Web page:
W
NW
N
N
NE
W
the Degree Confluence Project
E
SW
S
S
SE
E

Australia : South Australia

65.9 km (40.9 miles) E of William Creek, SA, Australia
Approx. altitude: -15 m (-49 ft)
([?] maps: Google MapQuest Multimap world confnav)
Antipode: 29°N 43°W

Accuracy: 10 m (32 ft)
Click on any of the images for the full-sized picture.

#2: Looking North from 29s137e #3:  Looking East from 29s137e #4: Looking South from 29s137e #5: Looking West from 29s137e #6: 29s137e all the zeros #7: Phil Bigg on the spot #8: The successful team #9: 2nd GPS to make sure #10: Lunch break within 20kms of 29s137e #11: Terrain approaching the lake #12: Composite Panorama looking back to 29s137e

  { Main | Search | Countries | Information | Member Page | Random }

  29°S 137°E  

#1: Looking NE towards 29s137e

(visited by Phil Bigg, Ivan Bigg, Heath Bigg, Jarrad Bigg, Russell Cunningham and Steve Croft)

25-Oct-2009 -- Degree confluence 29ºE 137ºS is situated on Lake Eyre (Nth), fortunately only 550 metres from the shore line, in an area called Belt Bay. The nearest road is the famed Oodnadatta Track which is 43 kilometres away.

The Oodnadatta Track crosses many pastoral holdings. To get to the confluence, we had to leave the track and venture “bush”. I wish to thank the manager of Anna Creek Station, (the World’s largest working cattle station) and the manager of Stuart Creek Station for allowing us to use their tracks and cross country to get to the confluence. Without their approval we could not have “got there”. Again thanks for their support.

Lake Eyre is for most of the time, a large dry salt lake and is Australia’s and the World’s largest salt lake. The lake at its lowest is -15 metres below sea level (the lowest point in Australia). Lake Eyre is actually two separate depressions. Lake Eyre North is 8,430 square km in size as compared to Lake Eyre South which is 1,260 sq km. Total 9,690 sq km.

The lake has only filled to capacity 3 times in the last 150 years. On average, water flows into the lake every 8-10 years. This year the north of the lake filled and we were unsure as to how far south the water had travelled. More particularly, was the surface hard enough for us to walk out to the confluence. Breaking the surface can expose thick, deep, stagnant mud that is not that kind to human skin. Our preference is a surface that can support us without too much trouble. We did take timber panelling and tools so that if necessary, we could manufacture some “snow shoe” style buoyancy. The tools stayed in the tool box.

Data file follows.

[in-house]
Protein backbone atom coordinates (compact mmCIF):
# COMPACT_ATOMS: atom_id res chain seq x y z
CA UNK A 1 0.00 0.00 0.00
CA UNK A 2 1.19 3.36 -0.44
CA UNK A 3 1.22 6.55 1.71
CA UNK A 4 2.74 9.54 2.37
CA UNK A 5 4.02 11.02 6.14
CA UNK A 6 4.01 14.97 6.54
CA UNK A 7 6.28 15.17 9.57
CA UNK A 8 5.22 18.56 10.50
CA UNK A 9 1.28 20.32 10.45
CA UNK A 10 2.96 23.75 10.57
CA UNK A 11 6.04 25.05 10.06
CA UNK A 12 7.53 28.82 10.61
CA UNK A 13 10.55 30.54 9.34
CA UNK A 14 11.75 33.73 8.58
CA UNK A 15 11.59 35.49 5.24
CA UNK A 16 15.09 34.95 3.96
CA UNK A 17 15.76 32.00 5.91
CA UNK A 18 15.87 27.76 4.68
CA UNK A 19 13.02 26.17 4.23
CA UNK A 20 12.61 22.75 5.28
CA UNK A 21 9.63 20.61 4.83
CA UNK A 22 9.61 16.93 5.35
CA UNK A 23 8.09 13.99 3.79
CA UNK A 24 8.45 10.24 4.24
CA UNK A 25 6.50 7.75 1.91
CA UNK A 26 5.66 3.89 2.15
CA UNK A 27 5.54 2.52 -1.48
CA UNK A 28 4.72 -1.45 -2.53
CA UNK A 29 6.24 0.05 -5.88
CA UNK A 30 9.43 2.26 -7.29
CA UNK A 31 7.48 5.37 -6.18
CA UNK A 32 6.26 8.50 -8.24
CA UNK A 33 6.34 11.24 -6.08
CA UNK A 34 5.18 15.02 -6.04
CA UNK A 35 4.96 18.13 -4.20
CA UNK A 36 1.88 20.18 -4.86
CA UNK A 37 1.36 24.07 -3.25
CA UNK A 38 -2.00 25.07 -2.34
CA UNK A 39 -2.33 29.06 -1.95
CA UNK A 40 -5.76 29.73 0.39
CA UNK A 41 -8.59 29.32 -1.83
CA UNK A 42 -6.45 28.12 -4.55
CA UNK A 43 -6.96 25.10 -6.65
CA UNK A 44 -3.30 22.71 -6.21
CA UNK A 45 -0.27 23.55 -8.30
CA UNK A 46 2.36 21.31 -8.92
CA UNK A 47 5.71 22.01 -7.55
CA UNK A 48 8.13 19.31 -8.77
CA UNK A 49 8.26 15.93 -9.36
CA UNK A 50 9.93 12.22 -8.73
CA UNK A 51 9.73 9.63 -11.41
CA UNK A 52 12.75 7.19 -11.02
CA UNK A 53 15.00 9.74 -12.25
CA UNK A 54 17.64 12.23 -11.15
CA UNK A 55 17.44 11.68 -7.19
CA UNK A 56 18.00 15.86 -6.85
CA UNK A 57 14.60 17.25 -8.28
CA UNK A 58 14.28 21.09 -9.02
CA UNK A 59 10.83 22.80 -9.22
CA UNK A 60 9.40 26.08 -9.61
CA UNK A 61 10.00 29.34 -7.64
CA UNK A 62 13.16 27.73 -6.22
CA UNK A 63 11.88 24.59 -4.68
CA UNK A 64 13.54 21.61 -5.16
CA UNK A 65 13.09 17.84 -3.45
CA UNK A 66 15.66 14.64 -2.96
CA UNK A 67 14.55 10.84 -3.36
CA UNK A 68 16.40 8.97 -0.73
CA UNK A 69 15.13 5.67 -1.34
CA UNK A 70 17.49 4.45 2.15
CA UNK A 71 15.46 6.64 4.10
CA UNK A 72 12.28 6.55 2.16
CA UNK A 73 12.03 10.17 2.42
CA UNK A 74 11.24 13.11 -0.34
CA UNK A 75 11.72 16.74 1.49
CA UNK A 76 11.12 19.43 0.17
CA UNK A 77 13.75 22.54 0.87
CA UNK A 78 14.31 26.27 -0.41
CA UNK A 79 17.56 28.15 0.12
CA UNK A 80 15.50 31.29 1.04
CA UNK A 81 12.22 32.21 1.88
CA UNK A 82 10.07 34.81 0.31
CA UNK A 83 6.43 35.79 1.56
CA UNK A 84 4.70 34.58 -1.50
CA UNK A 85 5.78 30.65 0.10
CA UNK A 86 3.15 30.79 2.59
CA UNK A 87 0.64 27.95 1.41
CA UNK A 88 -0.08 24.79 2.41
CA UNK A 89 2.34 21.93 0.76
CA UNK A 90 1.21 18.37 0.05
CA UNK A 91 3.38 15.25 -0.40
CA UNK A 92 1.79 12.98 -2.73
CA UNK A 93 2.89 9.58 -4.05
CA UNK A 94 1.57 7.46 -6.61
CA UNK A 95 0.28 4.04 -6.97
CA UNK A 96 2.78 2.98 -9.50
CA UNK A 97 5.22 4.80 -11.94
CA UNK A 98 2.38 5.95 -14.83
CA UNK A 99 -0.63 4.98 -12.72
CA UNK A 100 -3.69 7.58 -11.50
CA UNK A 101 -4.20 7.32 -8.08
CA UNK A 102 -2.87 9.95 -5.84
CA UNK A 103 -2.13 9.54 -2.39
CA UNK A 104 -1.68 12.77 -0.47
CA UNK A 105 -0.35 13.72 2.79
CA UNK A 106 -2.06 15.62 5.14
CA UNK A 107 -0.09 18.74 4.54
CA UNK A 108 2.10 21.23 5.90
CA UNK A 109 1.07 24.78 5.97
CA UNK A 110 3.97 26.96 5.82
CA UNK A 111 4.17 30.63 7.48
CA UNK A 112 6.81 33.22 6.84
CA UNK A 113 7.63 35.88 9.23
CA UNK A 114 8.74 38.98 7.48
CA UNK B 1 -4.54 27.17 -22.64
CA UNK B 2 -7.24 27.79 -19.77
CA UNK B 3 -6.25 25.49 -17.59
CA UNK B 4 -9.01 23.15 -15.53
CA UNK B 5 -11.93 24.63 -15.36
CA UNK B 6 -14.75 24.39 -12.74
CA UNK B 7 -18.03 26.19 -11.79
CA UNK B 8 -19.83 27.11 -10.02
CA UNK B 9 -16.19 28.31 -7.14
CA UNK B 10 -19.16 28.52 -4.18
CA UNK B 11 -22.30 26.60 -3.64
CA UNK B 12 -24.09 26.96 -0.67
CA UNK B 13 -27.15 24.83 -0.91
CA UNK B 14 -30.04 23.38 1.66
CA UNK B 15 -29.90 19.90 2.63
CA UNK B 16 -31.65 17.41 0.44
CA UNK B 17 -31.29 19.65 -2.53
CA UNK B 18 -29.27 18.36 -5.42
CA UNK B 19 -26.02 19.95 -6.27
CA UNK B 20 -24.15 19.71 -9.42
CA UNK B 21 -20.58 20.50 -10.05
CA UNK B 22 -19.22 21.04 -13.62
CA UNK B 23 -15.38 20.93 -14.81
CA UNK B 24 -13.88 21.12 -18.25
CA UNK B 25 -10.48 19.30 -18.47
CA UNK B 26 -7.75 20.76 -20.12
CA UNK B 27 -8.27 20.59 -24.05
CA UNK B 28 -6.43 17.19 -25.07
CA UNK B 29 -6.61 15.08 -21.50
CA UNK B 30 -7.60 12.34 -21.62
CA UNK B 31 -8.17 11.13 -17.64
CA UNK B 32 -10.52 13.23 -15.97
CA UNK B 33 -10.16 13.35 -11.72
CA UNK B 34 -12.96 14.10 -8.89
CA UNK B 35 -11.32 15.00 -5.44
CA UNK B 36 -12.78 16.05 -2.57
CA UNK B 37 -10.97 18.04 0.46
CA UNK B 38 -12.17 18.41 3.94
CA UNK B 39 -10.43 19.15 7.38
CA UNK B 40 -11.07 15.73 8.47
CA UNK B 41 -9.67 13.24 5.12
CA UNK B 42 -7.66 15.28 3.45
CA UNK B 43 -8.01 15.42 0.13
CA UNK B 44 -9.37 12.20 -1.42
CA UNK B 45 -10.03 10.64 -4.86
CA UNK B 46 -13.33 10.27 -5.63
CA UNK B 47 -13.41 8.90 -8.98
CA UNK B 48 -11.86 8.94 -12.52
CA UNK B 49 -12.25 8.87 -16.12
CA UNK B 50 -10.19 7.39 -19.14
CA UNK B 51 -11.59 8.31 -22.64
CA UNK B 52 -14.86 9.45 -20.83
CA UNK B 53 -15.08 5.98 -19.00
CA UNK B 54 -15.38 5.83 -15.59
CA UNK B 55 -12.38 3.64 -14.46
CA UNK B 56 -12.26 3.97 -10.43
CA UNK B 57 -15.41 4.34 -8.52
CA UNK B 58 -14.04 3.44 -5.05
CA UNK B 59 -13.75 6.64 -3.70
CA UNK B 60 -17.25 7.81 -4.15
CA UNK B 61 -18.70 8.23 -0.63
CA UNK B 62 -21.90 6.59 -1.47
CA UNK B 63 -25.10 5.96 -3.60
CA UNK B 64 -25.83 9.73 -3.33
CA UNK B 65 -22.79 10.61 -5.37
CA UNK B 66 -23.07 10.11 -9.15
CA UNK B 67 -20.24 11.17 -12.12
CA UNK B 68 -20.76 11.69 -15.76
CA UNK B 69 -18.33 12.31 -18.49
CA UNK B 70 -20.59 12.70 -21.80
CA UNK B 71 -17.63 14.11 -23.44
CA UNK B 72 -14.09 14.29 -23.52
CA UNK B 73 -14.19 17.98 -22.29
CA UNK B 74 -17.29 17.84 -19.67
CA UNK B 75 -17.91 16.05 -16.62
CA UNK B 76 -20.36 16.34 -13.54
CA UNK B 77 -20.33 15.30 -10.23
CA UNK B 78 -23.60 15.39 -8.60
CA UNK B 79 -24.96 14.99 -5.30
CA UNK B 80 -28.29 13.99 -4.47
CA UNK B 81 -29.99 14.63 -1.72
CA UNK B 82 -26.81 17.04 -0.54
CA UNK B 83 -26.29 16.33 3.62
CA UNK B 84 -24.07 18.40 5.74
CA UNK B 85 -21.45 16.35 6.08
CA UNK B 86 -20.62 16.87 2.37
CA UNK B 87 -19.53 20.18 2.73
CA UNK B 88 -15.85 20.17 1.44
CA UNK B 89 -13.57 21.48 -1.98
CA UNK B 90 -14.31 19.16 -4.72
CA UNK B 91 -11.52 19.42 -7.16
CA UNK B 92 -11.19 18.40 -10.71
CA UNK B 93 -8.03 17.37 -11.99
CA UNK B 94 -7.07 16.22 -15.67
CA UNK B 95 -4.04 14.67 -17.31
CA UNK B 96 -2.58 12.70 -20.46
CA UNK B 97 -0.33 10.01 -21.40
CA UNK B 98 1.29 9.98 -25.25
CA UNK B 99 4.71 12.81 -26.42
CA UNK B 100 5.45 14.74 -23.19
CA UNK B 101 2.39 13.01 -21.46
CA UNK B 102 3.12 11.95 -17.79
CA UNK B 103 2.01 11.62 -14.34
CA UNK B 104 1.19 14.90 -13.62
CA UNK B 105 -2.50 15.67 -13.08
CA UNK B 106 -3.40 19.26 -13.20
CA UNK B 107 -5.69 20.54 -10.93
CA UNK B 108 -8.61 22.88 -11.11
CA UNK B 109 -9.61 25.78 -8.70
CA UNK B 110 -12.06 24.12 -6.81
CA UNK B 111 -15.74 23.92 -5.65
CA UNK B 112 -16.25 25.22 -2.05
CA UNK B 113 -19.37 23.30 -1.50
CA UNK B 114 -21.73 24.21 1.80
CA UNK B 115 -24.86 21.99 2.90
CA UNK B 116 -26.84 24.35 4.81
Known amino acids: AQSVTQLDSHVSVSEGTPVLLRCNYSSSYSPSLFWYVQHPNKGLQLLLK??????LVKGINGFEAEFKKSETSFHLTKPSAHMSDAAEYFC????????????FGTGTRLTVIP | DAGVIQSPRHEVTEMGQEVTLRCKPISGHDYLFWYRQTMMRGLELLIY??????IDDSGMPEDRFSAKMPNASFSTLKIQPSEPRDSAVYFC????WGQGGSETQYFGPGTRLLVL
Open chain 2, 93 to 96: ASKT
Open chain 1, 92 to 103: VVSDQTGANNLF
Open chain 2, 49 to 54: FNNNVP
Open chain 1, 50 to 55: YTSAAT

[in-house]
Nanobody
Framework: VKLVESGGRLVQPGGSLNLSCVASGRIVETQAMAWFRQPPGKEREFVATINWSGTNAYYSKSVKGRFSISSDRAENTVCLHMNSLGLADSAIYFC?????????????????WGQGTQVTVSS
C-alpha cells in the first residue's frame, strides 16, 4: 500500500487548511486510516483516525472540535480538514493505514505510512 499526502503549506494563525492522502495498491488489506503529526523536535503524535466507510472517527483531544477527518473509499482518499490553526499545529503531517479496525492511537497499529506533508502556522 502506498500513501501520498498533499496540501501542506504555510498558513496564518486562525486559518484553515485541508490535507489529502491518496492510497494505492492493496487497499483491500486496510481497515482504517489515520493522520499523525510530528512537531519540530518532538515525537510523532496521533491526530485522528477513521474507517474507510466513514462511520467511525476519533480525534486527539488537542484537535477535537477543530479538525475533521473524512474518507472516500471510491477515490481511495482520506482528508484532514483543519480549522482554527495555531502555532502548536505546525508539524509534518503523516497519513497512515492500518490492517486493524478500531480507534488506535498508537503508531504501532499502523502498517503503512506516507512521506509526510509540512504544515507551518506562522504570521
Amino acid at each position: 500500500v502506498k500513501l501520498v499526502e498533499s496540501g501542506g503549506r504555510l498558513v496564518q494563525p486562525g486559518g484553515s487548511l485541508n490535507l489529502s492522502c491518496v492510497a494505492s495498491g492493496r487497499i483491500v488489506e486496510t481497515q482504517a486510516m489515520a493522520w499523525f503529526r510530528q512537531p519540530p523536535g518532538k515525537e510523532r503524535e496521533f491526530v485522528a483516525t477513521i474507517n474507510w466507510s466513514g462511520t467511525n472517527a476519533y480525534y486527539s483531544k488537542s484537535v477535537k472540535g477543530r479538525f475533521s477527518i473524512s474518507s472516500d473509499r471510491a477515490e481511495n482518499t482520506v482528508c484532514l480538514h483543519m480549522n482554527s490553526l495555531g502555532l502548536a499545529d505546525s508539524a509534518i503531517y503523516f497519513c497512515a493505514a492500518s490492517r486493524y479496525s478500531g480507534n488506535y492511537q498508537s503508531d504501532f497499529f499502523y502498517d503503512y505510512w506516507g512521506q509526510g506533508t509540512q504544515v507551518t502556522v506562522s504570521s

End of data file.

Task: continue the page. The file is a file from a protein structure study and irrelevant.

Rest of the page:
My team and I live in Adelaide, South Australia. The confluence is approx 870 kilometres from my home. Due to the remoteness of this confluence we needed at least 2 vehicles (we took 3). This point is a long way from any facilities and medical help. We had to be self sufficient in every way.

Six of us got together to attempt and succeeded in reaching degree confluence 29ºE 137ºS.

The team: Phil Bigg, my brother Ivan, two of his sons, Heath and Jarrad, Russell Cunningham and Steve Croft. Six of the finest intrepid travellers that you will find?

My vehicle, a GU2 Nissan Patrol accompanied by 2 Nissan Navara’s. All vehicles performed admirably.

The area is very dry and apparent barren, but in my view a beautiful, harsh terrain. Virtually treeless, roughly 10m high sand dunes and as you approach Lake Eyre a shimmering stone covered landscape.

We wondered why anyone would want to wander out here as the early explorers did. Sitting on a horse looking out at a vast seemingly nothingness looking for the “inland sea” must have been extremely difficult. They certainly had guts, endurance and determination.

We drove to within a kilometre from the confluence. By foot, ventured out onto the lake surface. Varying degrees of sponginess underfoot, the further out the softer it got. But we did make it.


 All pictures
#1: Looking NE towards 29s137e
#2: Looking North from 29s137e
#3: Looking East from 29s137e
#4: Looking South from 29s137e
#5: Looking West from 29s137e
#6: 29s137e all the zeros
#7: Phil Bigg on the spot
#8: The successful team
#9: 2nd GPS to make sure
#10: Lunch break within 20kms of 29s137e
#11: Terrain approaching the lake
#12: Composite Panorama looking back to 29s137e
ALL: All pictures on one page (broadband access recommended)
  Notes
In Lake Eyre North, about 400 m from the shoreline. This Confluence together with 28S 137 are the lowest Confluences in Australia.